Accurate measurement of the LAA landing zone
Although official instructions for use and sizing charts for LAA closure devices are (still) based on two-dimensional (2D)-TEE imaging, this methodology has its shortcomings. As the LAA is most often an elliptical structure, accurate measurement of the maximum diameter (or perimeter) of the LAA ostium and LAA landing zone should be made on 3D double-oblique images, which can be easily provided by CCTA-based 3D multiplanar reconstruction. This may not be possible on 2D-TEE images5. The same rationale is valid for exact measurement of the elliptical aortic annulus by 2D-TEE vs. CCTA in order to prepare for TAVI6. The use of 3D-TEE imaging could theoretically overcome this limitation; however, determining and measuring the LAA landing zone by 3D-TEE may often not be feasible. In addition, measurement of the LAA depth (even in different lobes) and assessment of LAA trabecularisation and/or thrombus are feasible and accurate on CCTA imaging.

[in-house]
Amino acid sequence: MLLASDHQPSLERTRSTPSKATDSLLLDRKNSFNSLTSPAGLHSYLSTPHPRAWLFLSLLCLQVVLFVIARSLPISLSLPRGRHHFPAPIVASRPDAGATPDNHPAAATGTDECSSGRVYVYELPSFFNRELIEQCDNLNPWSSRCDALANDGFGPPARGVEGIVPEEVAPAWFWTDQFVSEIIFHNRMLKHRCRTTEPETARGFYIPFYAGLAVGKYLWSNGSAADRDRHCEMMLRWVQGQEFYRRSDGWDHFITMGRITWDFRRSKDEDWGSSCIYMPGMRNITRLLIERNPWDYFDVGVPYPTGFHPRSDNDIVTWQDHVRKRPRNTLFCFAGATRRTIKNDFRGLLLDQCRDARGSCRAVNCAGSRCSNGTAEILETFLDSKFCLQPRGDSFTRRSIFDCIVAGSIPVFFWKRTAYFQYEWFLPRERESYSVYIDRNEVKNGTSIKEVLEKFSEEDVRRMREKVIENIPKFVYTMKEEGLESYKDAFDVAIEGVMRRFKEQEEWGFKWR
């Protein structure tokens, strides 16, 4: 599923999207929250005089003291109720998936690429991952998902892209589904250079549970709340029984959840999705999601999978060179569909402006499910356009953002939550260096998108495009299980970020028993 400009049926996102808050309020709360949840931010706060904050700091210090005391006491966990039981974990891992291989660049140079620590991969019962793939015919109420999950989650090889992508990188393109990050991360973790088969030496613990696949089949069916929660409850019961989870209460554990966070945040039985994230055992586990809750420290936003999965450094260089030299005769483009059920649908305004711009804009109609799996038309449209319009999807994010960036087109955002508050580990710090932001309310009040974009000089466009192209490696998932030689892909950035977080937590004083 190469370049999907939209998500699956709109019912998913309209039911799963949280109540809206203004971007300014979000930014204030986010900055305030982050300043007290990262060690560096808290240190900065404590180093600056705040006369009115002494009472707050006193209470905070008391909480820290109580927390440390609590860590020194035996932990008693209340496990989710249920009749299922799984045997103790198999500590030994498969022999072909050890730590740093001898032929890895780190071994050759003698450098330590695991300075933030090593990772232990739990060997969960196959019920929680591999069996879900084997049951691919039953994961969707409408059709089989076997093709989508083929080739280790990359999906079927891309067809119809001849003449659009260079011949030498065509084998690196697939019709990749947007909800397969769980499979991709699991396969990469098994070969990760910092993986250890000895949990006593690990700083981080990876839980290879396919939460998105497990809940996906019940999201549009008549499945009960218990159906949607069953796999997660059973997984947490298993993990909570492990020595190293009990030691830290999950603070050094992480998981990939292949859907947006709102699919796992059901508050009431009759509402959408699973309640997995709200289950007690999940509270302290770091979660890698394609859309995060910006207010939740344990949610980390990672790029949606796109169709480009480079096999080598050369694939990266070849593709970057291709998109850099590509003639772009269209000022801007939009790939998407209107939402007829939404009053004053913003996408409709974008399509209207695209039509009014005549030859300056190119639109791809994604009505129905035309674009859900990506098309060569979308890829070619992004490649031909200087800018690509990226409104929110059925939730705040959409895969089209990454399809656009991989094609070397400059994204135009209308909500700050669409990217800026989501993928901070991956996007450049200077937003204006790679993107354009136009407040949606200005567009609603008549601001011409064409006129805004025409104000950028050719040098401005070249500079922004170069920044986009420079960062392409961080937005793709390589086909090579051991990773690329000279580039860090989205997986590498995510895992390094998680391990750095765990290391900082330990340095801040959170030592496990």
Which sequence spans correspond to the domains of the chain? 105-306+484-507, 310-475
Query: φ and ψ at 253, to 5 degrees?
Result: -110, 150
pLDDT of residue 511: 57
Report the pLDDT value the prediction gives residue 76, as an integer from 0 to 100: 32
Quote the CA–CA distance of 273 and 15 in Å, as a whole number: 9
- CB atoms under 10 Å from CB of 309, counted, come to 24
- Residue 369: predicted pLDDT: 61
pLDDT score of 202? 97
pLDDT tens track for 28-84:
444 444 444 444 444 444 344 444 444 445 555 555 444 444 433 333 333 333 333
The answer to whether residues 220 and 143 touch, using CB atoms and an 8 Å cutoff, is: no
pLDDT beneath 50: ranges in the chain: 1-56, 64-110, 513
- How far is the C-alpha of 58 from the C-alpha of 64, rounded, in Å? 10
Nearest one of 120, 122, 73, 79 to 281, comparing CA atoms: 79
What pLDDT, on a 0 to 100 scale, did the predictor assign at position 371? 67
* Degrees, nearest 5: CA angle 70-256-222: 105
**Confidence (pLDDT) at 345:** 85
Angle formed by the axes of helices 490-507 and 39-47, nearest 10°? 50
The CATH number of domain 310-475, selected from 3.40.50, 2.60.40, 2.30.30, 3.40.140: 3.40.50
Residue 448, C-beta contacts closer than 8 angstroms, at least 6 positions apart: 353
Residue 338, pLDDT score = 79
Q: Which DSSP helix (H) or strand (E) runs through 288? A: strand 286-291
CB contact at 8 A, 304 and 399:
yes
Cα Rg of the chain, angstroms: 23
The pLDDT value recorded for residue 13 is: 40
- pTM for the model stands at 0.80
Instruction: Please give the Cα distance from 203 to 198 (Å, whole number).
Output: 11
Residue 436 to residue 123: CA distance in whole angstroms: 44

Optimal implant angle
Besides measurement of LAA dimensions, CCTA analysis also allows predicting the optimal C-arm angle for LAA closure device implantation. First, the C-arm angle in which the LAA central axis will be the least foreshortened can be estimated. This can be useful when deep intubation of the LAA is needed. Second, and more importantly, the C-arm angle in which the LAA ostium and/or landing zone will be aligned can be predicted. This latter C-arm angle is not only the best projection to assess device compression but is also helpful in verifying coaxial alignment of the LAA closure device with the LAA structure. This is of importance, as off-axis LAA closure device implantation has been reported to be associated with a higher risk of peri-device leakage7. Moreover, as this CCTA analysis to determine the optimal C-arm implant angle(s) can be made “off-line” – before the actual procedure – applying this methodology can result in less radiation, less use of contrast dye and potentially even reduce procedural complications.